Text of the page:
If you try to draw a line from the first bluesman who cranked up his guitar amp to create a distorted sound .... all the way to the Hendrix/Page/Townshend rock guitarists .... that line must pass thru Link Wray who - if he never recorded another song than Rumble fifty years ago - would have a place in music history. And while he never scaled those heights again: he had a career worth noting.
Frederick Lincoln Wray (who had part Shawnee ancestry) was born in Dunn, North Carolina in 1929, with his family eventually settling in Maryland. Link served in the Korean War where he suffered from tuberculosis (eventually losing a lung). He concentrated on his guitar work and formed Lucky Wray and the Palomino Ranch Hands, a western-swing band in the mid-1950's.
This later evolved into the Ray Men when they became the house band on a Washington, D.C. TV show. Backing others (such as Fats Domino and Ricky Nelson) they became a more instrumental band (as Link's vocal abilities were limited due to the loss of that lung).
Then while backing-up The Diamonds in 1958, Link Wray improvised a 12-bar blues instrumental titled "Oddball" which had a distorted sound when Wray poked holes in his amplifier's speakers (much as Ike Turner's dropped-and-damaged amp delivered a sound on Rocket 88 he came to believe was advantageous). It was an audience hit, yet Cadence Records producer Archie Bleyer was unimpressed.
But his daughter loved it, telling Bleyer it reminded her of the rumble scenes in "West Side Story" and the song was renamed Rumble - which, while primitive: doesn't sound dated over fifty years later, and guitarists from Jimmy Page to Bob Dylan to Jimi Hendrix all cited the song as an influence. The Who's Pete Townshend went further: stating in liner notes (for a 1970 Link Wray album) that, but for that tune: "I would never have picked up a guitar". Some radio stations banned it (as 'encouraging teen violence') .. which only increased record sales.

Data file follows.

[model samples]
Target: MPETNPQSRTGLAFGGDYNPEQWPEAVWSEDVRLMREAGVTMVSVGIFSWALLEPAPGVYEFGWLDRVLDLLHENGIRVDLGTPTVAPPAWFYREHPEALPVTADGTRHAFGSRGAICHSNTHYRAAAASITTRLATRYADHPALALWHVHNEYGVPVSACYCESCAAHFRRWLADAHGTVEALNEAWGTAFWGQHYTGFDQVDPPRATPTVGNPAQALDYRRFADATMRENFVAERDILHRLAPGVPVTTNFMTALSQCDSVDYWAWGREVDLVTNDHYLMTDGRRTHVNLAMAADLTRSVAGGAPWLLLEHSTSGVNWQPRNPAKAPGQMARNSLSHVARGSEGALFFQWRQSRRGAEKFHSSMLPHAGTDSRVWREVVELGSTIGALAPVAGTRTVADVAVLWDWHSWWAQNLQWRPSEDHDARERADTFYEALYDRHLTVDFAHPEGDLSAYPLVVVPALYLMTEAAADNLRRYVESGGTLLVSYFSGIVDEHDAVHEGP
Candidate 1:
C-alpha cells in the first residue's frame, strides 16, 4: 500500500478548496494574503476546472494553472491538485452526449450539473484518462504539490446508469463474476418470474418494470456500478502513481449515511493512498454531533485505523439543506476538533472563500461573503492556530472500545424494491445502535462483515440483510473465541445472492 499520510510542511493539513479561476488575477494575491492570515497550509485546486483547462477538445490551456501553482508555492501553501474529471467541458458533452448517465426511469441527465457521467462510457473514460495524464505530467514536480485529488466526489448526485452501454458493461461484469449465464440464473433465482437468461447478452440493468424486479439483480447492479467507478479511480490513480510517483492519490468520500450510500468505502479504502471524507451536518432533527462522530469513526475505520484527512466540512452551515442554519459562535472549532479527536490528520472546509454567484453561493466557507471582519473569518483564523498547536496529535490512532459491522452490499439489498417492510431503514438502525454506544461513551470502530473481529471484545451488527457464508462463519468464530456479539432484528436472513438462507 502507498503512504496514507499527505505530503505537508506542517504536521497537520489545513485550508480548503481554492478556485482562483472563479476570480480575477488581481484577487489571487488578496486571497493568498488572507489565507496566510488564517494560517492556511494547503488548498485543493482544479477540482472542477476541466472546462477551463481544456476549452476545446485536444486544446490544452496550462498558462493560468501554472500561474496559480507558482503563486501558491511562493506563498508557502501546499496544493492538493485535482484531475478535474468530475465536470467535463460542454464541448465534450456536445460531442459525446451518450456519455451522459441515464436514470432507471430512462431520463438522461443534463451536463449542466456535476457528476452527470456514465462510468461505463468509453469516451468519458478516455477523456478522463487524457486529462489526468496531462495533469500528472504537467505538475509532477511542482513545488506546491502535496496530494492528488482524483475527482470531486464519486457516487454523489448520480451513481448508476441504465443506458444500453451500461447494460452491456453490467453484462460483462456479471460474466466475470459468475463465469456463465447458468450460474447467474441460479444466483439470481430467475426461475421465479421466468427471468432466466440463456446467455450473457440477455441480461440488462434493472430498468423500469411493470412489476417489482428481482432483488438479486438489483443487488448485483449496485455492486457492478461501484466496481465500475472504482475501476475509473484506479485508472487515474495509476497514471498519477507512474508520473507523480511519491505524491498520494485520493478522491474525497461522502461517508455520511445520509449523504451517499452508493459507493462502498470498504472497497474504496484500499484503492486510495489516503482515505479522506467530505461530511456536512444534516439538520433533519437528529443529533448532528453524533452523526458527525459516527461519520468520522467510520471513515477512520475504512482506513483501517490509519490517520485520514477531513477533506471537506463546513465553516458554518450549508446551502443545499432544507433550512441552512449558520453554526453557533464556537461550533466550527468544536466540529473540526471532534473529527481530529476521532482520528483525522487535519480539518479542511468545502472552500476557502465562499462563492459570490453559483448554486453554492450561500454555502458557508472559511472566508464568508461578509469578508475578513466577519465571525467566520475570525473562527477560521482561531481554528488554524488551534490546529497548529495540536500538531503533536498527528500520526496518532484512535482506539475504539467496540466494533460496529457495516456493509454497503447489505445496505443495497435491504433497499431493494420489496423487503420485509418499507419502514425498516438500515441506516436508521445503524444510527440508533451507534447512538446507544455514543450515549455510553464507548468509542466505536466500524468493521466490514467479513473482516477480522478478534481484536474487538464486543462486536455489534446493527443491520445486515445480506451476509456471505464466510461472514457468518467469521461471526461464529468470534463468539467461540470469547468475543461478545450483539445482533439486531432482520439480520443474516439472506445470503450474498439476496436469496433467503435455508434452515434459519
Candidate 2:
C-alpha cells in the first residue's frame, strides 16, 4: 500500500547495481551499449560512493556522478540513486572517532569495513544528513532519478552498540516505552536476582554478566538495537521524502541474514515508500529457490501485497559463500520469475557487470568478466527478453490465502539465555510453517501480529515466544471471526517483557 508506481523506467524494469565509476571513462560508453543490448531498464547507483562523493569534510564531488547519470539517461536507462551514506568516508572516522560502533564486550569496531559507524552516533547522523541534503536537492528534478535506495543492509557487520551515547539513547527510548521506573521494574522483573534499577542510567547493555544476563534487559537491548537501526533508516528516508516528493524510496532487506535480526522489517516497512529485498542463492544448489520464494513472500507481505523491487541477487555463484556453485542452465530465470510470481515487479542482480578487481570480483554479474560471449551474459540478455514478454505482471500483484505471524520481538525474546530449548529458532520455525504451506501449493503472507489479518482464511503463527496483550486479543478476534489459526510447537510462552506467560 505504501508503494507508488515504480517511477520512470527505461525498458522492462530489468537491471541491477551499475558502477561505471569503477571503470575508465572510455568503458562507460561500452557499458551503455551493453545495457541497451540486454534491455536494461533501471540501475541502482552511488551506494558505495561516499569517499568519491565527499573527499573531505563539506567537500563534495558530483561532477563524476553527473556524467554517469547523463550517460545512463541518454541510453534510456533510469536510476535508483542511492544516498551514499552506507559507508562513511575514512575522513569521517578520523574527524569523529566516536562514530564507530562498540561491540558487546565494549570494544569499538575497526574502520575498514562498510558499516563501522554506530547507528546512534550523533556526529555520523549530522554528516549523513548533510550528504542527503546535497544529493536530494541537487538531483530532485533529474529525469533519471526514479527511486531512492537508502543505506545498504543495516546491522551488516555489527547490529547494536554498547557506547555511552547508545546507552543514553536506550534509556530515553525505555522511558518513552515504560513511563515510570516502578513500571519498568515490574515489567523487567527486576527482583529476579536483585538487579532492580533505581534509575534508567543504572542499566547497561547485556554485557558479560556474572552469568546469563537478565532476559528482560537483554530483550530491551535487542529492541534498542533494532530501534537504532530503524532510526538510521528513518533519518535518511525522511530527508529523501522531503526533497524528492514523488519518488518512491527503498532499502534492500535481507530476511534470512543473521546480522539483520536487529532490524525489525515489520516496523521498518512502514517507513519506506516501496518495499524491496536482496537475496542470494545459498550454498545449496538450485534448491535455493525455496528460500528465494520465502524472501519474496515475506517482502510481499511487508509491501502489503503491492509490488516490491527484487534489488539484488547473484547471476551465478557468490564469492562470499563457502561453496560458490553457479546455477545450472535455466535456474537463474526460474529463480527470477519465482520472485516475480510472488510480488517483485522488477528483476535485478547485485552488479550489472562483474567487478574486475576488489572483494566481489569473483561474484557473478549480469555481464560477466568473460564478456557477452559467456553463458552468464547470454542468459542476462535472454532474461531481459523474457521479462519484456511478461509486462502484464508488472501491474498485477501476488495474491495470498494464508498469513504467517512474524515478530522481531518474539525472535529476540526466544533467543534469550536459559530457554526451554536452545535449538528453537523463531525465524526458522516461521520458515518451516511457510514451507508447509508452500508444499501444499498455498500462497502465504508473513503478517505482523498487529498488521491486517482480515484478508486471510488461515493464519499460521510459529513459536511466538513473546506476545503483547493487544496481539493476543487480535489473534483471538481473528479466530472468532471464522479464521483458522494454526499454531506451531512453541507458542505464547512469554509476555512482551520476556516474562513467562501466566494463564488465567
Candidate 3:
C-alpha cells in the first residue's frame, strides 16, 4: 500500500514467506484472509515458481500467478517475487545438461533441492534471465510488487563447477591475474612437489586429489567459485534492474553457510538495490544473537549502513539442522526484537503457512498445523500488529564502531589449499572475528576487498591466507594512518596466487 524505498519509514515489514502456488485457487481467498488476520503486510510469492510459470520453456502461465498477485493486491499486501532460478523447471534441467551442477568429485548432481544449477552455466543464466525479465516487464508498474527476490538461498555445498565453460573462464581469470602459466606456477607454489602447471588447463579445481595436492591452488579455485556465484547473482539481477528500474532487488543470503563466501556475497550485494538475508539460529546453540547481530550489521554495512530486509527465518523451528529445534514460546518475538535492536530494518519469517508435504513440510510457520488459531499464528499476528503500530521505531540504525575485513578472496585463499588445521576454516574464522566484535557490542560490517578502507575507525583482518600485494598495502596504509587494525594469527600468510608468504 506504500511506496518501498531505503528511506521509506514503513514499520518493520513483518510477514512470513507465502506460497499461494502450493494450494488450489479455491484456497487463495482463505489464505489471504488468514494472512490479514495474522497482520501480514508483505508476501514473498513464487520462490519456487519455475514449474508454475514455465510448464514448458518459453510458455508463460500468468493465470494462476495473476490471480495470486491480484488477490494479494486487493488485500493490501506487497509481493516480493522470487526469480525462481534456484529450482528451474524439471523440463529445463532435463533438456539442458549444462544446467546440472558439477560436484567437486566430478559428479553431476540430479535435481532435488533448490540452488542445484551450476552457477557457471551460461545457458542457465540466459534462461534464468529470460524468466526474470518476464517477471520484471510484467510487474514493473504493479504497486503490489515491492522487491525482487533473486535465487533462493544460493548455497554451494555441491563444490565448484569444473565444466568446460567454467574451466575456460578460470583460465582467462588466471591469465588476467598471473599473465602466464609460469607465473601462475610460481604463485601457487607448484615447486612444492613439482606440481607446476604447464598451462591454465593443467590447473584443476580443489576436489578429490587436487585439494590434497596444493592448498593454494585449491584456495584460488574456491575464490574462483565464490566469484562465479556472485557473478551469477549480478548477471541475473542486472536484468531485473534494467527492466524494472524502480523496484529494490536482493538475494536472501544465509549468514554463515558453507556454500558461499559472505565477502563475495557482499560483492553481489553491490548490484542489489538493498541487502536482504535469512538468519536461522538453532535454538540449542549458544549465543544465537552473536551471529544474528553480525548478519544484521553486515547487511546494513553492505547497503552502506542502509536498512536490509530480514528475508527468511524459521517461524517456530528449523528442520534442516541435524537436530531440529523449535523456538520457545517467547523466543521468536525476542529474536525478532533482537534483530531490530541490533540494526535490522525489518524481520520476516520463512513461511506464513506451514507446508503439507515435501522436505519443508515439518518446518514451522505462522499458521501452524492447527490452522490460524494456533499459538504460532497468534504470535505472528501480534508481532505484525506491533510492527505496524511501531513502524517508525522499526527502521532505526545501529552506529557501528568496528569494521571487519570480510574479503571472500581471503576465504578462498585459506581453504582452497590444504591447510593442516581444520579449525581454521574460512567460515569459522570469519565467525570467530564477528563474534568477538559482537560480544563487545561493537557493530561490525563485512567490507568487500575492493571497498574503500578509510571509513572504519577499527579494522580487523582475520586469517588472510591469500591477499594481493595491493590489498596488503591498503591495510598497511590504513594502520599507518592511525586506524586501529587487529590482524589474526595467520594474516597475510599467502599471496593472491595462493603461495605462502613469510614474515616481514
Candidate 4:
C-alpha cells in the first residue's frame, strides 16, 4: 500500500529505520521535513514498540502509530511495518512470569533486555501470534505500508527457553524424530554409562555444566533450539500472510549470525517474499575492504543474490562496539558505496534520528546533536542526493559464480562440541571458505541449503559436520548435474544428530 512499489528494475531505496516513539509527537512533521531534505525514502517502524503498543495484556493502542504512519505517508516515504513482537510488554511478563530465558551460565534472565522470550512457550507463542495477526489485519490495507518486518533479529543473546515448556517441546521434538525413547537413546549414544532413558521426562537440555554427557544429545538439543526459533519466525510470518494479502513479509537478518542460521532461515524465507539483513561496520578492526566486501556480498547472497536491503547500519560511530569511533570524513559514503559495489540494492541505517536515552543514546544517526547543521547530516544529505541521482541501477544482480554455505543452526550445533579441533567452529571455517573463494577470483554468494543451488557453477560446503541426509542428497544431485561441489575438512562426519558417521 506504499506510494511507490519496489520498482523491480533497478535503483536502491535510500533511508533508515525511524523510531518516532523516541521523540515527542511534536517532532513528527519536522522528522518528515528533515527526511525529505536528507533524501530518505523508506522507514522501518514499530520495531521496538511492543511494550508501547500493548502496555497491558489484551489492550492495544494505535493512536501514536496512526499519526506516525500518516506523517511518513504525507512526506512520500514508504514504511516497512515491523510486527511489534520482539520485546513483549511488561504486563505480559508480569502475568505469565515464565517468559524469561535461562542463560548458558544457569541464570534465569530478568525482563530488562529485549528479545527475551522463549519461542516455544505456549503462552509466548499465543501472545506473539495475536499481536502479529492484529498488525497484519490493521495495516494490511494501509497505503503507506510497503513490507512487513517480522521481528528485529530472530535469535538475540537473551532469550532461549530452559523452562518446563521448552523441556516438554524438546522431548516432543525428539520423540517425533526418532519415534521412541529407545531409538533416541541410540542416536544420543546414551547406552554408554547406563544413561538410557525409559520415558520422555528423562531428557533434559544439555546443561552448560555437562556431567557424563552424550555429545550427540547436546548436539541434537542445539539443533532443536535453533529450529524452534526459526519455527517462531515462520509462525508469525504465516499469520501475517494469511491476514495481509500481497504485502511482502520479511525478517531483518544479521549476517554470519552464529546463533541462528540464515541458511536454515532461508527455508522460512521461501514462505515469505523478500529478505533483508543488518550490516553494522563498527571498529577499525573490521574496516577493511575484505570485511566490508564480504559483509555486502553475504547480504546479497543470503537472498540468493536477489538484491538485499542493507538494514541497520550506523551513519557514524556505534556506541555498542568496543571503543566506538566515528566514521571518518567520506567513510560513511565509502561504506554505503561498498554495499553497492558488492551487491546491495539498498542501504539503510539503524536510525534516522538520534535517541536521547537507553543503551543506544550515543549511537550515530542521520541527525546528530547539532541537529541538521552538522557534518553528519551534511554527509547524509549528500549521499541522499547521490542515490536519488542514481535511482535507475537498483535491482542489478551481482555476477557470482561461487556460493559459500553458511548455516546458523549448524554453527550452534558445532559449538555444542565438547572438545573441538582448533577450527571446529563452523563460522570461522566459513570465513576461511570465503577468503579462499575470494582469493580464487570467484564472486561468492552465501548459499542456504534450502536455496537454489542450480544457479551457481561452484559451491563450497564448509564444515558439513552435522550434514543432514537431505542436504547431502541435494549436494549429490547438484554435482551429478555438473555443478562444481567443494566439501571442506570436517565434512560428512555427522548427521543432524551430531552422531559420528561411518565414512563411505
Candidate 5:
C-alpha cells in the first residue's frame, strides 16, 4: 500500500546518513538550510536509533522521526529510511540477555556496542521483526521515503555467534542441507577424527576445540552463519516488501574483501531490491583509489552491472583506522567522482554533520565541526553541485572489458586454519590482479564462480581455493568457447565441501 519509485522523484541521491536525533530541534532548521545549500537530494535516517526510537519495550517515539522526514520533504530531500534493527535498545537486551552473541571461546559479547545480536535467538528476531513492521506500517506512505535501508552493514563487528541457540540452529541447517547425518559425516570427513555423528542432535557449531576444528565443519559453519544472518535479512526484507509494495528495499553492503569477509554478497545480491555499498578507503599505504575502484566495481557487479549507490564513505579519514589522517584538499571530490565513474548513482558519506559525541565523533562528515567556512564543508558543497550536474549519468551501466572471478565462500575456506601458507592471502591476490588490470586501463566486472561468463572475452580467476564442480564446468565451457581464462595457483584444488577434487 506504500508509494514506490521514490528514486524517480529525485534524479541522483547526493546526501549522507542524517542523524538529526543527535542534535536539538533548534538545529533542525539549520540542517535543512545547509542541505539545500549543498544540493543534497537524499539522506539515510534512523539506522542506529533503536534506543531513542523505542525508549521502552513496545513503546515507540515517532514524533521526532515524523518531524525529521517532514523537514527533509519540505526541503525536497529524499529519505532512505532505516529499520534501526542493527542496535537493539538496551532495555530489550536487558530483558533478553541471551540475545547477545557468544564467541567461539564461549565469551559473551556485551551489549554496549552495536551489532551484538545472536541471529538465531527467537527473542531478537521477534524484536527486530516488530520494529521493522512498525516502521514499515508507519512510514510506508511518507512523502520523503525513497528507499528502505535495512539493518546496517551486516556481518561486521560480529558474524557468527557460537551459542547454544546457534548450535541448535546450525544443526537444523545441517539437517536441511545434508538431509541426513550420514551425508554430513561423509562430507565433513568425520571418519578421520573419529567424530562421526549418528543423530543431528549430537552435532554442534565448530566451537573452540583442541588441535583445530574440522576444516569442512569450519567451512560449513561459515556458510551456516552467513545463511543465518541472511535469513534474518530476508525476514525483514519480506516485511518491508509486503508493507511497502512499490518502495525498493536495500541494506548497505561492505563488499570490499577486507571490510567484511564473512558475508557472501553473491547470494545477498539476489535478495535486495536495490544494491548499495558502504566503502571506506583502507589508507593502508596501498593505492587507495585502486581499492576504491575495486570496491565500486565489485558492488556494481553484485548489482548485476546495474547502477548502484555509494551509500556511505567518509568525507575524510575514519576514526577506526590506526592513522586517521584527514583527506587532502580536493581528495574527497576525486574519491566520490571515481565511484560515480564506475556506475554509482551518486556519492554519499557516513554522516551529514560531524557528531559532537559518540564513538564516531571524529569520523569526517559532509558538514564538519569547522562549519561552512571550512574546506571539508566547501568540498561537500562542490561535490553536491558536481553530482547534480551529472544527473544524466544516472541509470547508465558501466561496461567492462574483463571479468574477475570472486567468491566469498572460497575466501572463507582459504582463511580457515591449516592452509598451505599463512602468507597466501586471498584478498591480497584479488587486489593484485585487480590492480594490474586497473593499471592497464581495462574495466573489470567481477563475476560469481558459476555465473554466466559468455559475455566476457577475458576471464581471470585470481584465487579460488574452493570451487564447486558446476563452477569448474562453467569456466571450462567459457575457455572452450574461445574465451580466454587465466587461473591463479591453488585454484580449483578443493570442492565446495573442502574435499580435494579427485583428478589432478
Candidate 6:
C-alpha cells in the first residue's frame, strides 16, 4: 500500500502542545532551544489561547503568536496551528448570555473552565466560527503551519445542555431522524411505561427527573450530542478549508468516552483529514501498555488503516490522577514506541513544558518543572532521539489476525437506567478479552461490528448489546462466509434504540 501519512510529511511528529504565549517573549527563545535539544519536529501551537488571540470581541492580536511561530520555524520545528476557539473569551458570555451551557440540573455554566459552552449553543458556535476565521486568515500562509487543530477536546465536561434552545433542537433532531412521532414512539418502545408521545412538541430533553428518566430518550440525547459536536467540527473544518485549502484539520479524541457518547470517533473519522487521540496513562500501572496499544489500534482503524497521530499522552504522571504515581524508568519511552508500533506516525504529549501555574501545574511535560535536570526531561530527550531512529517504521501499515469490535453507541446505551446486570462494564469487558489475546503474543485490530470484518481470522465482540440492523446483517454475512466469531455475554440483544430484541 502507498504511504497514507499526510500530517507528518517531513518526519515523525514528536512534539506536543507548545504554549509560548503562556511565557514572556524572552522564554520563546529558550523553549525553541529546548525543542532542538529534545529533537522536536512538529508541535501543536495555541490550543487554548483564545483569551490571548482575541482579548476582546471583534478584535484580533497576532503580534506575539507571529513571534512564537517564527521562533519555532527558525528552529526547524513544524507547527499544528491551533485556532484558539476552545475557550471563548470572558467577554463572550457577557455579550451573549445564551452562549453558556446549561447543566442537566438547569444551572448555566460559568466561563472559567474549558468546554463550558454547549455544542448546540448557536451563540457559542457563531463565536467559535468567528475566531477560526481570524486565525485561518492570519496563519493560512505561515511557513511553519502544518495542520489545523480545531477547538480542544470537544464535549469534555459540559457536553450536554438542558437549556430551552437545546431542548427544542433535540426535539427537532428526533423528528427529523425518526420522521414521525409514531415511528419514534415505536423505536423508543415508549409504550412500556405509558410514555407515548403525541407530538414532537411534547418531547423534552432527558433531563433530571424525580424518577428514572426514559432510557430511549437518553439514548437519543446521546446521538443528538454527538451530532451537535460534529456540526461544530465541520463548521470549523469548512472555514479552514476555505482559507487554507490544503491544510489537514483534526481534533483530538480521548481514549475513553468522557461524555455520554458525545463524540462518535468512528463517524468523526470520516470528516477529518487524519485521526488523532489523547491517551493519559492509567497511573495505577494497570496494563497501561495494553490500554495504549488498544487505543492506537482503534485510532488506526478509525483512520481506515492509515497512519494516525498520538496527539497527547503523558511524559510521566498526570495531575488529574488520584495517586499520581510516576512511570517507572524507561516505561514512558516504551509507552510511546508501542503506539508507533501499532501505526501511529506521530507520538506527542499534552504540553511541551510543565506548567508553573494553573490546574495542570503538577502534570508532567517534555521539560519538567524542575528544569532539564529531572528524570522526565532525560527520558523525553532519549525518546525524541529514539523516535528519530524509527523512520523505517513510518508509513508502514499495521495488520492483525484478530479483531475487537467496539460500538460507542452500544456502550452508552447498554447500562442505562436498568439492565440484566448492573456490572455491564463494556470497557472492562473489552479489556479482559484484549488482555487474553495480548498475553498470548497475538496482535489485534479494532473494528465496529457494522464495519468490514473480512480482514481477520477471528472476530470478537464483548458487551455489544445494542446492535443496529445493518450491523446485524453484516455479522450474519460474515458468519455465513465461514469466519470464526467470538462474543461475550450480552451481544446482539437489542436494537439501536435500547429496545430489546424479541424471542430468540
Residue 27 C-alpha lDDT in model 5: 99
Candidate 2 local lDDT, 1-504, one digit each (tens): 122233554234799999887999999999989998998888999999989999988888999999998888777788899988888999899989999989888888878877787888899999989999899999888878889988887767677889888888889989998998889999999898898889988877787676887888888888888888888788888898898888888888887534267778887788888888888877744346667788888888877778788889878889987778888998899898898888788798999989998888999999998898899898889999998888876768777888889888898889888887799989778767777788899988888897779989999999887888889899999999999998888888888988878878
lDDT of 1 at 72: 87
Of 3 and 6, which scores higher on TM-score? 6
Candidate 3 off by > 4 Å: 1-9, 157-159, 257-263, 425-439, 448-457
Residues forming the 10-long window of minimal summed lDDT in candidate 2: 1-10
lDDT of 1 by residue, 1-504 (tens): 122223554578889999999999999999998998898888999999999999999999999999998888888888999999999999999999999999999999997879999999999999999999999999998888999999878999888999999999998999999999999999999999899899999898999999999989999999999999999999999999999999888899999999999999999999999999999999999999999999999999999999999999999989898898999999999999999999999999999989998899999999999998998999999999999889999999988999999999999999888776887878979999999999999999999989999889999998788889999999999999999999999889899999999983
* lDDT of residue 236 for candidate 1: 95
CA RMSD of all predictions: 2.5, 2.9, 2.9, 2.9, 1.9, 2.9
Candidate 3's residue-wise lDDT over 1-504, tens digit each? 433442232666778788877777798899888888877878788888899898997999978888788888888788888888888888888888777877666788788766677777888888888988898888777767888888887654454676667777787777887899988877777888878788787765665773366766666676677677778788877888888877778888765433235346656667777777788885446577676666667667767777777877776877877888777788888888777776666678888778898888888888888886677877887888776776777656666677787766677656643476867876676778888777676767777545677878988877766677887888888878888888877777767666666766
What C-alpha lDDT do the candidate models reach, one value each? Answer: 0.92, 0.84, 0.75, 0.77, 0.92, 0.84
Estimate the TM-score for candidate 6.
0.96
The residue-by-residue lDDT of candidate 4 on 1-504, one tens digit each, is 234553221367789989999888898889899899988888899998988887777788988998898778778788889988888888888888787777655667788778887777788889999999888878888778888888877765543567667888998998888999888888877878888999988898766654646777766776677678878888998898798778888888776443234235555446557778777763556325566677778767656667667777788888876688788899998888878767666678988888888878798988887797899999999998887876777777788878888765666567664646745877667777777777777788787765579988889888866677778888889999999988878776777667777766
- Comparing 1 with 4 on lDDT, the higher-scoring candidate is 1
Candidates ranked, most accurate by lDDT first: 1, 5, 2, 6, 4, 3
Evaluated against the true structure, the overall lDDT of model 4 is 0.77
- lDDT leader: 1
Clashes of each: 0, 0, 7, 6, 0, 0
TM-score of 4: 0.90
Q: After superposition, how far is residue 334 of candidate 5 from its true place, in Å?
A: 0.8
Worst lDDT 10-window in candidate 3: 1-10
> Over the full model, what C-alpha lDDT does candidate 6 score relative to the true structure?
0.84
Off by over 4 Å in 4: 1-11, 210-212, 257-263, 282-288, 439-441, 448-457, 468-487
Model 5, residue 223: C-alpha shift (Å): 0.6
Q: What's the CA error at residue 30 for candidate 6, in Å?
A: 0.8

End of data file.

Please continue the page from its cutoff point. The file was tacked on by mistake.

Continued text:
Link and the Ray Men followed it up over the next few years with "Rawhide" and "Jack the Ripper" but then settled into an on-again-off-again remainder of his career. One reason is that record companies thought that - if they could dress him up and not be a juvenile delinquent poster child - he'd sell more records. Yet Link Wray was not cut out for playing "Claire de Lune"(!) as he did in 1960, and eventually Swan Records gave him room to stretch out. There were also periods of retirement, as well.
I recall him teaming up with rockabilly singer Robert Gordon throughout the 1970's and he eventually married and relocated to Denmark, as his audience as a solo performer increasingly shifted across the Atlantic. One band-member for a time in the 1980's was Anton Fig, who later joined Paul Shaffer's "Late Show" band. His last album was Barbed Wire from 2000 and his music was featured on such films as "Pulp Fiction", "Breathless" and John Waters' "Pink Flamingos".
Link Wray died in Copenhagen, Denmark in November, 2005 at the age of 76. Former Maryland Governor Erlich declared January 15, 2006 as Link Wray Day, and he was voted #45 on the Greatest Guitarists of All Time by Rolling Stone.
Wray has also been inducted into two Halls of Fame: those for Native American Music ... and for Rockabilly after his death. Rhino has a compilation album of note, and as long as guitarists want a sound that is anything-but-clean: the music of Link Wray will have a place.
If you haven't had a listen to Rumble in some time: then below you can see why this song made his career.
You must leave now, take what you need, you think will last
But whatever you wish to keep, you better grab it fast
Yonder stands your orphan with his gun,
Crying like a fire in the sun
Look out the saints are comin' through
And it's all over now, Baby Blue
The highway is for gamblers, better use your sense
Take what you have gathered from coincidence
The empty-handed painter from your streets
Is drawing crazy patterns on your sheets
This sky, too, is folding under you
And it's all over now, Baby Blue
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